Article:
Other Names: Rainbow trout: Lachsforelle, regenbogenforelle (German); mijimasu, nijimusu (Japanese); péstropha (Greek); regnbueørred (Danish); trota irdea (Italian); trucha arco iris (Spanish); truite arc-en-ciel (French); truta-arco-íris (Portuguese). European sea trout: Aure (Norwegian); deniz alasi (Turkish); forel (Russsian); meerforelle (German); péstrogha thalássis (Greek); salmon trout; steelhead; trota di mare (Italian); trucha marina (Spanish); truite de mer (French); truta marinha (Portuguese); zeeforel (Dutch). Salmonidae.
General Description: The many species of trout, smaller members of the salmon family, mostly live in freshwater lakes and streams. Trout flesh is quite delicate and ranges from ivory to salmon-red with diet and habitat more important to its character than species. Wild-caught trout can be exquisite, and while farmed trout can have good flavor and firm texture, poorly produced trout can be mushy and muddy. Idaho produces 70 percent of American farmed trout.
Brook trout (Salvelinus fontinalis_) are native to eastern North America but have been widely transplanted and farmed. Wild brook trout are considered by many to be the best-tasting trout. The brown trout (Salmo trutta_) was the original European trout transplanted to America in the nineteenth century. They live in lakes and streams or migrate to the sea, where they are called sea trout or salmon trout, and are considered a delicacy in Europe. They are not the same as the American sea trout, or weakfish. Dolly Varden trout (Salvelinus malma) are large, troutlike char closely related to brook and lake trout and usually found in cold mountain streams. Their flesh is delicious and often pink in color.
Lake trout (Salvelinus namaycush_) are netted in cold-water lakes of northern North America. Their oil content varies greatly, so they range from delicious to too oily. These large fish are well-suited to hot-smoking. Rainbow trout (_Oncorhynchus mykiss, called Salmo gairdneri until 1989), originated in the American West and are often used to stock rivers and streams there. When ocean-going, they are called steelheads and are even more highly prized. Rainbow trout are farm-raised in the oldest American aquaculture industry, dating back to the 1880s. All rainbow trout sold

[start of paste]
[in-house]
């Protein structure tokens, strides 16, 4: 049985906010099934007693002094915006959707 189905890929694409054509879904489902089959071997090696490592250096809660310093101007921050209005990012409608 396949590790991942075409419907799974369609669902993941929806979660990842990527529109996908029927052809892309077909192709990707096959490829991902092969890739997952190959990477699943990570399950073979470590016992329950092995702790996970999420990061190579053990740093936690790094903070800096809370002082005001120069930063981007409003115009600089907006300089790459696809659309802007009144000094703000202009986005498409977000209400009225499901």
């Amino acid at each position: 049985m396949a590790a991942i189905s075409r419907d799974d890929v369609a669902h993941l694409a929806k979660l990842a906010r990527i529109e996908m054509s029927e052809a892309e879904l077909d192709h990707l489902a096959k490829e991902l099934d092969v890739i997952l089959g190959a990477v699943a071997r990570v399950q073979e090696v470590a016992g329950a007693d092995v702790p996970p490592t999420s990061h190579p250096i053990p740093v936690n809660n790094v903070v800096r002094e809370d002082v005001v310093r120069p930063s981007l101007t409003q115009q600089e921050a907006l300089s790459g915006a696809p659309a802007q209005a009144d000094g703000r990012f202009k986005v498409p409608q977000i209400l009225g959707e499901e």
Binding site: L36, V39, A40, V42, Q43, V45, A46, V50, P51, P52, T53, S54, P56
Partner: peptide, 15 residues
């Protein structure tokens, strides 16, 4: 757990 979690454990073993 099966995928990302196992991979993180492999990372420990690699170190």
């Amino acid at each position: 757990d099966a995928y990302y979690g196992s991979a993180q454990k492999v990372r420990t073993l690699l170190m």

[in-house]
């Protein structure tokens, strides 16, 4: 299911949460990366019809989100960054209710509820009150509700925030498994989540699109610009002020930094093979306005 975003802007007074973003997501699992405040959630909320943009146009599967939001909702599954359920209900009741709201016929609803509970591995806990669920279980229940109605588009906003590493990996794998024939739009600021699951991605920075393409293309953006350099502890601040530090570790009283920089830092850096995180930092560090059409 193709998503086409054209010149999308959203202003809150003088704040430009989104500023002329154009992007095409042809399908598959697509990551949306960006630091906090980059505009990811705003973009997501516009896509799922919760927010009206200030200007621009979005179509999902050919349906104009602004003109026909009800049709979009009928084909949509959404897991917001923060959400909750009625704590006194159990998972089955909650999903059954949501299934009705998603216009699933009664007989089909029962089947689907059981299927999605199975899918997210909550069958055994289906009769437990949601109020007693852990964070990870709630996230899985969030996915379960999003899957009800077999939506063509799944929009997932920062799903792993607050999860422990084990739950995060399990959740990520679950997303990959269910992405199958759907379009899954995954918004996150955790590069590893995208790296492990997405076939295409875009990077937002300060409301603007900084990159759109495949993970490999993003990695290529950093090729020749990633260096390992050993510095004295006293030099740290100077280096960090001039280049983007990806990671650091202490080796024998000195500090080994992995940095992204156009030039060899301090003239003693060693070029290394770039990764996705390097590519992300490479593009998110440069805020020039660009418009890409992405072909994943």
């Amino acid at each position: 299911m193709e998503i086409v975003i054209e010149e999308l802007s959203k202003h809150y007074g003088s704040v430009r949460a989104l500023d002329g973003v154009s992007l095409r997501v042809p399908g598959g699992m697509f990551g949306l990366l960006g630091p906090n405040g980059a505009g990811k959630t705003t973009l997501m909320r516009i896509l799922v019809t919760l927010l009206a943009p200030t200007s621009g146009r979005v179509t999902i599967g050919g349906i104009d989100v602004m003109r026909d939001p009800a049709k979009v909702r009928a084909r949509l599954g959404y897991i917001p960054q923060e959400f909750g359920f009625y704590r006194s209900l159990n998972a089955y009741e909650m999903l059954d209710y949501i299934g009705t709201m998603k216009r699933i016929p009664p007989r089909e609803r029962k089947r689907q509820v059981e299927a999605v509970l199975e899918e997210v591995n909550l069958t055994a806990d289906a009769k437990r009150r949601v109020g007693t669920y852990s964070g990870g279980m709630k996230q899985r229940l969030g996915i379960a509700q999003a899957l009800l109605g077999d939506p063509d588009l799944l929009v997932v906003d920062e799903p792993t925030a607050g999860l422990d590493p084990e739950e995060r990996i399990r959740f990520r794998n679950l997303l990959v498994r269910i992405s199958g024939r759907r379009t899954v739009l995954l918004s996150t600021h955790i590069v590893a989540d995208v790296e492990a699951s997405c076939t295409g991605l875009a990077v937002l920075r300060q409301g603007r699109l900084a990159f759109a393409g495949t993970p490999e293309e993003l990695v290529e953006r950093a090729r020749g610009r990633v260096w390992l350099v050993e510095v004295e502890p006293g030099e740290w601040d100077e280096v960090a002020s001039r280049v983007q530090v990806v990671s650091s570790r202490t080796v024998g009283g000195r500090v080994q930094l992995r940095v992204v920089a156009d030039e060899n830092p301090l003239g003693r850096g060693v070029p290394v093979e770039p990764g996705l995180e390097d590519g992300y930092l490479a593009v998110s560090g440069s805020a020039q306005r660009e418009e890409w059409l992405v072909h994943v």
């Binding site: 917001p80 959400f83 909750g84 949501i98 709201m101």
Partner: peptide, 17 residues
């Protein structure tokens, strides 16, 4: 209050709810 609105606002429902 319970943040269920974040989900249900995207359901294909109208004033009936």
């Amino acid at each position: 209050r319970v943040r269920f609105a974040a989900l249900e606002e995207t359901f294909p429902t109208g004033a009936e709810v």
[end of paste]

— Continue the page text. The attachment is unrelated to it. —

in America are farm-raised.
Locale and Season: Rainbow trout are farmed in the United States, Argentina, Chile, western Europe, and Japan. Late
spring and early summer are their best seasons; they grow more slowly in winter. Steelhead are farm-raised and harvested year-round in eastern Canada. Dolly Vardens range from Korea to the Bergen Sea and across to Oregon.
Characteristics: Whole trout have more flavor than boned trout. Brown trout can weigh up to 40 pounds, but freshwater
fish average 1 to 2 pounds, ocean-going fish 4 to 5 pounds. Farm-raised rainbow trout weigh 12 to 16 ounces and have soft, flaky meat with delicate, nutty, herbal flavor. Steelhead may grow to 12 pounds; 2 to 4 pounds is average. Cooked, the meat is ivory with fine flake, delicate flavor, and moderate fat.
How to Choose: Trout is covered by a layer of transparent slime. The more slippery the fish, the fresher it is. They are available fresh, frozen, smoked, whole, or filleted (boned or boneless). “Boned” does not mean boneless, but rather that the backbone has been removed. “Boneless” means the pin bones have been removed.
Storage: Trout is one of the longest-lasting freshwater fish and can be stored refrigerated for 2 to 3 days.
1. Trout have such tiny scales that there’s no need for
scaling; the fish should be rinsed and dried. The tiny pin bones can be picked out at the table.
2. Bake, broil, grill, poach, sauté, or hot-smoke.
Suggested Recipe: Pan-Fried Trout with Green Grapes (serves 4): Season 4 butterflied bone-in or boned trout with salt and pepper. Dust with flour and sauté in 2 tablespoons each walnut oil and butter. Cook 3 minutes per side, or until almost opaque, covering the pan to cook through. Remove the fish from the pan and keep warm. Add 1 cup halved seedless green grapes and sauté until caramelized, about 3 minutes, add a squeeze of lemon, swirl to combine with pan juices, and serve over trout.
Flavor Affinities: Almond, bacon, butter, capers, carrot, celery, chervil, chive, lemon, mint, orange, pine nut, scallion, shallot, tarragon, thyme, tomato, walnut, white wine.
from Quirk Books: www.quirkbooks.com